Earthquake activity continued at an increased level. White Island, Mt Ngauruhoe, and Mt Ruapehu remained at Alert Level 1.
Geonet, the U.S. Geological Survey (USGS) and GNS Science reported 50 earthquakes in the New Zealand area between the Kermadec Islands in the north, and the Auckland Islands to the south during January 2008.
The magnitude distributions were as follows:
M6 to 6.9 (none), M5 to 5.9 (3), M4 to 4.9 (10) M3 to 3.9 (30).
An additional 7 events in the magnitude 2 range were deemed worthy of mention.
Mainland earthquakes were reported from Paihia to Fiordland and in the Kermadec Islands during January, while the southern ocean remained largely quiet. The month started with activity confined to the Bay of Plenty, and the 6th was a busy day for seismologists with 8 events reported near Matata, Waipawa, Gisborne and Pahiatua.
The Kermadec Islands were relatively quiet with only 4 events reported for the area. The quakes were between magnitudes 4.6 and 5.4 and ranged in location from north of Raoul Island to west of L’Esperance Rock.
Paihia in Northland experienced an infrequent earthquake when a magnitude 2.8 event struck on the afternoon of the 22nd. The quake was located within a few kilometres of the town at a depth of 5 km.
The Matata earthquake swarm continued with 17 earthquakes with magnitudes between 2.8 and 4.3 being felt. Five of these struck on January 6th. A magnitude 4.3 quake which struck on the morning of January 25th was swiftly followed by a magnitude 3.4 event 50 seconds later.
Gisborne residents, who experienced a magnitude 6.8 quake on December 20th, felt shallow magnitude 4.1 and 4.2 quakes on the 6th and 17th. The absence of strong aftershocks was considered normal for the type of quake, and the community quickly returned to normal.
Turangi experienced three very shallow quakes during the middle of the month. A magnitude 2.6 quake on the 15th was followed by a pair of quakes with magnitudes 3.1 and 3.7 two minutes apart on the 18th. The quakes were between 4 and 7 km deep.
A pair of quakes struck near Seddon in Marlborough on the 7th. The magnitude 4.2 and 3.5 quakes were at depths of 12 and 15 km and located 30-40 km south of the town.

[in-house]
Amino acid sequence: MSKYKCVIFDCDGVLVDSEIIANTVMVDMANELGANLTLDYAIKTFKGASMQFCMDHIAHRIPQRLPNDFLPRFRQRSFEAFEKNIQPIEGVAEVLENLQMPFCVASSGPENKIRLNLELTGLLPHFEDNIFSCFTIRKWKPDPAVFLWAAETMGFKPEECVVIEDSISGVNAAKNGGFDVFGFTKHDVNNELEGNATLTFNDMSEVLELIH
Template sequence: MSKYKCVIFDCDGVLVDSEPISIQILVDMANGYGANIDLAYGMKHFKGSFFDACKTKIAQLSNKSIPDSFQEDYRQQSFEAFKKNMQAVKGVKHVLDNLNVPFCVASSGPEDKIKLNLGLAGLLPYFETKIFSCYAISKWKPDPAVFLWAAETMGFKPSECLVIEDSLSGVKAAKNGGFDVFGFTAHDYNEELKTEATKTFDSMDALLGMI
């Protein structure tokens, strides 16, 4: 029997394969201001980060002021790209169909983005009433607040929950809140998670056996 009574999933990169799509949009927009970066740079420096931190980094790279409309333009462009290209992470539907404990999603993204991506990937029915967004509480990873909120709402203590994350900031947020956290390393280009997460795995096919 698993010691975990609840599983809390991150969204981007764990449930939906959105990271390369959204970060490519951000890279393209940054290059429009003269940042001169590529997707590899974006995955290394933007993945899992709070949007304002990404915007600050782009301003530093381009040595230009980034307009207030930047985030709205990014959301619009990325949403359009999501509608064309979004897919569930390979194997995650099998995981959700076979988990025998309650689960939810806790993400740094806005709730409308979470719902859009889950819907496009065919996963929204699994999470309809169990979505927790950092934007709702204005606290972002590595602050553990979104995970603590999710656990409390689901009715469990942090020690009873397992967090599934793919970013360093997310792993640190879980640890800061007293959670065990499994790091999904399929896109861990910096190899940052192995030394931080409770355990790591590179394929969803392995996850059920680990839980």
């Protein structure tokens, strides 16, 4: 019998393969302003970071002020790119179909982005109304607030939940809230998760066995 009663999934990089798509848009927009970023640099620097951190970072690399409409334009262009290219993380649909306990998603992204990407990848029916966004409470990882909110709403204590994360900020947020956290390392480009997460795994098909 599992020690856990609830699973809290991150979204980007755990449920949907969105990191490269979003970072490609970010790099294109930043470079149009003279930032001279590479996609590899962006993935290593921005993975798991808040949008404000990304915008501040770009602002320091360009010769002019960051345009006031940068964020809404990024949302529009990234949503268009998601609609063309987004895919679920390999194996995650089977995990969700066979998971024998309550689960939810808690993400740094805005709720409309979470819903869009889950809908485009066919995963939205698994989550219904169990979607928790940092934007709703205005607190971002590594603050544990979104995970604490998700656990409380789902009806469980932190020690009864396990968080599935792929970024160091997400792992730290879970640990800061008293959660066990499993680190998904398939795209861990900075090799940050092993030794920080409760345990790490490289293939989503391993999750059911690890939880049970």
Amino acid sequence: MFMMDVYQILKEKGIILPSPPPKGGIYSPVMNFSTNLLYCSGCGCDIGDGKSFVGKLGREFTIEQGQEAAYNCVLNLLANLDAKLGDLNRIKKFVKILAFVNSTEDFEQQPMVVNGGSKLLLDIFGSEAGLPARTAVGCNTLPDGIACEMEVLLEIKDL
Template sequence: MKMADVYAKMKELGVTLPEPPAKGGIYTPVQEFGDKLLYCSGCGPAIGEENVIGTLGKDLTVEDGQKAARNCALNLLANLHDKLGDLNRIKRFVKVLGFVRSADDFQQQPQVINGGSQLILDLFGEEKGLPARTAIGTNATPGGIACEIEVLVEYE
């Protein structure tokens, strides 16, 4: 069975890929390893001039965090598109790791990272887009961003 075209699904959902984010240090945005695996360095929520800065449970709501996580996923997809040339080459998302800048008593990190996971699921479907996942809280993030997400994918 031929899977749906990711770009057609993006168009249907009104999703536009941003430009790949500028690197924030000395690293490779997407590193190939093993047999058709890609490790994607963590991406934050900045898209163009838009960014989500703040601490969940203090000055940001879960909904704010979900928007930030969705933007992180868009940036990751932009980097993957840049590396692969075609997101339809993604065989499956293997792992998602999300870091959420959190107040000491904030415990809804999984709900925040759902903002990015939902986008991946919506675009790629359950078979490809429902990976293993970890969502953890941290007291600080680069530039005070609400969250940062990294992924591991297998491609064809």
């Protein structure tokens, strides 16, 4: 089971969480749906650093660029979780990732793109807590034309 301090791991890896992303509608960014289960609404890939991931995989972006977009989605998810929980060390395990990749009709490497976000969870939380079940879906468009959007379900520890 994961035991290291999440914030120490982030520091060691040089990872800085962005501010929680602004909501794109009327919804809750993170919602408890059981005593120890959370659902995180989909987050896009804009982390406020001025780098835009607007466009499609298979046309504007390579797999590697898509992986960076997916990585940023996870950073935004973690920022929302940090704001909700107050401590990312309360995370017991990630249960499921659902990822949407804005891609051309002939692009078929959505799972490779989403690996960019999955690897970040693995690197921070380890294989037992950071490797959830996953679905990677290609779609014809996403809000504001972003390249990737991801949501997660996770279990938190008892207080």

The major seismic event of January 2008 was a magnitude 5.3 quake which struck 80 km west of Milford Sound on the morning on the 21st. The 20 km-deep quake was felt in Fiordland, Southland, Otago and Westland, and was described as damaging at Te Anau and strong at Riverton, attracting 178 felt reports. Unlike the Gisborne event a month earlier, aftershock activity was more typical and five quakes with magnitudes between 3.5 and 4.8 were recorded in the area over the next 2 hours or so.
Regular reporting of the status of New Zealand’s volcanoes ceased at the end of June 2007, with the closure of the Hazard Watch service. GNS Science now only issues bulletins which record significant changes in volcanic behaviour.
One Alert Bulletin was issued by GNS Science during January 2008. It referred to increased volcanic earthquake activity at Mt. Ngauruhoe, where between 5 and 30 quakes had been recorded each day since May 2006. On January 6th, the activity began increasing and reached a peak rate of 80 quakes per day by 9-10 January before decreasing slightly. The magnitudes of the larger events at depths of about 1 km on the volcano’s northern flank was magnitude 1.2 to 1.5.
Measurements of volcanic gas concentrations, temperatures and soil gas flux made at the volcano indicated no change since the unrest commenced in May 2006 despite the increased number of earthquakes. It was considered that an eruption was not imminent, and Ngauruhoe’s Alert Level remained at 1.
At the end of January 2008, New Zealand’s active volcano status can be summarised as follows:
Raoul Island (Alert Level 0).
White Island (Alert Level 1).
Mt Ngauruhoe (Alert Level 1).
Mt Ruapehu (Alert Level 1).
[Compiled from data supplied by GNS Science, US Geological Survey, Geonet, and their contributing agencies.]